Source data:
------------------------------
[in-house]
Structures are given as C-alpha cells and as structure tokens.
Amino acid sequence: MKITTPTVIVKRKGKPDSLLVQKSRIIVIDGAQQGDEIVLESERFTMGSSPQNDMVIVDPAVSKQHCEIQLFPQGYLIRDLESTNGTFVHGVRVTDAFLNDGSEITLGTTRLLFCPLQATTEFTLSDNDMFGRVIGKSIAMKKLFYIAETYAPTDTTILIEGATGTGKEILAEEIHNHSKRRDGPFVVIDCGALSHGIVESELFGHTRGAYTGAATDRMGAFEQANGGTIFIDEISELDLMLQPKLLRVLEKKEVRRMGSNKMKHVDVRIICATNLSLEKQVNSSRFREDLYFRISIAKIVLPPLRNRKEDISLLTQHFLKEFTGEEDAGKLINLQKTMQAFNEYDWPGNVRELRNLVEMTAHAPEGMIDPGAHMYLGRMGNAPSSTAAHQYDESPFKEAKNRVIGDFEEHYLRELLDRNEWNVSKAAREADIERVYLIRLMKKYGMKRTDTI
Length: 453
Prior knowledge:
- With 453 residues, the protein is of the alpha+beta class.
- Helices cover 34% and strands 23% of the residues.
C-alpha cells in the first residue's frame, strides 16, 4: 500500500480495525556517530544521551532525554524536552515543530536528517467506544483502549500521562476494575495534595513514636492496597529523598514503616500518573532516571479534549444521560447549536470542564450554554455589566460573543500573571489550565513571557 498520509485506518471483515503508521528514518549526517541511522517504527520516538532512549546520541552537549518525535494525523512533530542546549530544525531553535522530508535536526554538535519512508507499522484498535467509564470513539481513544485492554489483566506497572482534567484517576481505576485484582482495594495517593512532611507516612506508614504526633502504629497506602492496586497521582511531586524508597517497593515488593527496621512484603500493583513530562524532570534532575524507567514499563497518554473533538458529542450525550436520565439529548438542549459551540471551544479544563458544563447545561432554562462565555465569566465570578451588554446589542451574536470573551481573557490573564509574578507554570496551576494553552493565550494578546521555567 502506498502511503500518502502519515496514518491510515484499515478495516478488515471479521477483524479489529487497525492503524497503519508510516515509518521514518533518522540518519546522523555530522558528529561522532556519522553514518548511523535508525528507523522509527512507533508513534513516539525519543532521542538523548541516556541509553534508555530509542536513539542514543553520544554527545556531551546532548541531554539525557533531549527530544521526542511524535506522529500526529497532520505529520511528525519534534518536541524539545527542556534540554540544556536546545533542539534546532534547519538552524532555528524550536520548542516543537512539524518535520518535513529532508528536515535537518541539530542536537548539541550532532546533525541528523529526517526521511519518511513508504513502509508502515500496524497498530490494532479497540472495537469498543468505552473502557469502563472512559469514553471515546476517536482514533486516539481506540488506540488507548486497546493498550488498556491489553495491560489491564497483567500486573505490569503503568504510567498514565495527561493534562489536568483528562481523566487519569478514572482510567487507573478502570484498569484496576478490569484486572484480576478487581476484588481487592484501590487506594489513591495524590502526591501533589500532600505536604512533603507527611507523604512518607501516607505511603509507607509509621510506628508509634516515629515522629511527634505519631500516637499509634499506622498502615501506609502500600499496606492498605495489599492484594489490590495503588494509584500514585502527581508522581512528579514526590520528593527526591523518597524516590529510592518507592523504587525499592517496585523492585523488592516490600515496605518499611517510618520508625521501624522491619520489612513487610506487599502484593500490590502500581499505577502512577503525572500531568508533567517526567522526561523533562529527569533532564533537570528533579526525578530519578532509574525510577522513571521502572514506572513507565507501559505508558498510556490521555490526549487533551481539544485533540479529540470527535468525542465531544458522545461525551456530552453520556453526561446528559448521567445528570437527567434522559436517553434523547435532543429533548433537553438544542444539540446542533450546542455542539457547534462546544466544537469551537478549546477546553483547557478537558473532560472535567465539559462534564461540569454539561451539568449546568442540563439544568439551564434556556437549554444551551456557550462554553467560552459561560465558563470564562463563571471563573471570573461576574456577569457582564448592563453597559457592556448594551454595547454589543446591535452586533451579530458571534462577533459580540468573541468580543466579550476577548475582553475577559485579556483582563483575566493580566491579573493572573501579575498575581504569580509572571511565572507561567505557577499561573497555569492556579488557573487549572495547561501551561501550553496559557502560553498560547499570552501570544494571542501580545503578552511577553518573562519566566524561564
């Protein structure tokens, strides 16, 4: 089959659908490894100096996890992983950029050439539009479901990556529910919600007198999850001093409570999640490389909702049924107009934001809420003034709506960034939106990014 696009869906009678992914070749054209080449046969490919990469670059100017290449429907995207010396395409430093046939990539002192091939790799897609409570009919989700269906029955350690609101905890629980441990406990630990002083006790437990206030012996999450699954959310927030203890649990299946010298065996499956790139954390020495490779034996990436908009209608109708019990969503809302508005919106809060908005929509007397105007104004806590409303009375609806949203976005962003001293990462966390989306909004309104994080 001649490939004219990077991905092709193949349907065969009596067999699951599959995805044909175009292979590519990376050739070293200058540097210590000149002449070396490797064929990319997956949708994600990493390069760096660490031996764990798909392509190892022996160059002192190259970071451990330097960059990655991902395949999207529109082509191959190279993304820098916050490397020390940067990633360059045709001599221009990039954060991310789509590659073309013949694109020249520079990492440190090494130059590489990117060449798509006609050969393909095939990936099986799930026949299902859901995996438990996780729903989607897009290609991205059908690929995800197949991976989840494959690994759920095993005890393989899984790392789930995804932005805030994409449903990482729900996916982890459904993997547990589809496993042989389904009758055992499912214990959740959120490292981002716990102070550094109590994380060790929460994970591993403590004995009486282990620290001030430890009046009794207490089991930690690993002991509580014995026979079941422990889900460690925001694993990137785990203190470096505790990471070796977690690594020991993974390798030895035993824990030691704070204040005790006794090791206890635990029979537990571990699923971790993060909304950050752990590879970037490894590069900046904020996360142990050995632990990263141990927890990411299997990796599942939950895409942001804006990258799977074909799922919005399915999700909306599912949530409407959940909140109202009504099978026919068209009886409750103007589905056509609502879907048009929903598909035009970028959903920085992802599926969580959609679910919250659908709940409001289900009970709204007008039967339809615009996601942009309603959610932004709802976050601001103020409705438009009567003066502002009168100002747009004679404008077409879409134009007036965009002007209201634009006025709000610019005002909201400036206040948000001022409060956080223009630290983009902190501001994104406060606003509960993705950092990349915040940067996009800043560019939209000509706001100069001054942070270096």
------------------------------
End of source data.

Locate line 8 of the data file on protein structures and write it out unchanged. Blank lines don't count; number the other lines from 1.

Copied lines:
C-alpha cells in the first residue's frame, strides 16, 4: 500500500480495525556517530544521551532525554524536552515543530536528517467506544483502549500521562476494575495534595513514636492496597529523598514503616500518573532516571479534549444521560447549536470542564450554554455589566460573543500573571489550565513571557 498520509485506518471483515503508521528514518549526517541511522517504527520516538532512549546520541552537549518525535494525523512533530542546549530544525531553535522530508535536526554538535519512508507499522484498535467509564470513539481513544485492554489483566506497572482534567484517576481505576485484582482495594495517593512532611507516612506508614504526633502504629497506602492496586497521582511531586524508597517497593515488593527496621512484603500493583513530562524532570534532575524507567514499563497518554473533538458529542450525550436520565439529548438542549459551540471551544479544563458544563447545561432554562462565555465569566465570578451588554446589542451574536470573551481573557490573564509574578507554570496551576494553552493565550494578546521555567 502506498502511503500518502502519515496514518491510515484499515478495516478488515471479521477483524479489529487497525492503524497503519508510516515509518521514518533518522540518519546522523555530522558528529561522532556519522553514518548511523535508525528507523522509527512507533508513534513516539525519543532521542538523548541516556541509553534508555530509542536513539542514543553520544554527545556531551546532548541531554539525557533531549527530544521526542511524535506522529500526529497532520505529520511528525519534534518536541524539545527542556534540554540544556536546545533542539534546532534547519538552524532555528524550536520548542516543537512539524518535520518535513529532508528536515535537518541539530542536537548539541550532532546533525541528523529526517526521511519518511513508504513502509508502515500496524497498530490494532479497540472495537469498543468505552473502557469502563472512559469514553471515546476517536482514533486516539481506540488506540488507548486497546493498550488498556491489553495491560489491564497483567500486573505490569503503568504510567498514565495527561493534562489536568483528562481523566487519569478514572482510567487507573478502570484498569484496576478490569484486572484480576478487581476484588481487592484501590487506594489513591495524590502526591501533589500532600505536604512533603507527611507523604512518607501516607505511603509507607509509621510506628508509634516515629515522629511527634505519631500516637499509634499506622498502615501506609502500600499496606492498605495489599492484594489490590495503588494509584500514585502527581508522581512528579514526590520528593527526591523518597524516590529510592518507592523504587525499592517496585523492585523488592516490600515496605518499611517510618520508625521501624522491619520489612513487610506487599502484593500490590502500581499505577502512577503525572500531568508533567517526567522526561523533562529527569533532564533537570528533579526525578530519578532509574525510577522513571521502572514506572513507565507501559505508558498510556490521555490526549487533551481539544485533540479529540470527535468525542465531544458522545461525551456530552453520556453526561446528559448521567445528570437527567434522559436517553434523547435532543429533548433537553438544542444539540446542533450546542455542539457547534462546544466544537469551537478549546477546553483547557478537558473532560472535567465539559462534564461540569454539561451539568449546568442540563439544568439551564434556556437549554444551551456557550462554553467560552459561560465558563470564562463563571471563573471570573461576574456577569457582564448592563453597559457592556448594551454595547454589543446591535452586533451579530458571534462577533459580540468573541468580543466579550476577548475582553475577559485579556483582563483575566493580566491579573493572573501579575498575581504569580509572571511565572507561567505557577499561573497555569492556579488557573487549572495547561501551561501550553496559557502560553498560547499570552501570544494571542501580545503578552511577553518573562519566566524561564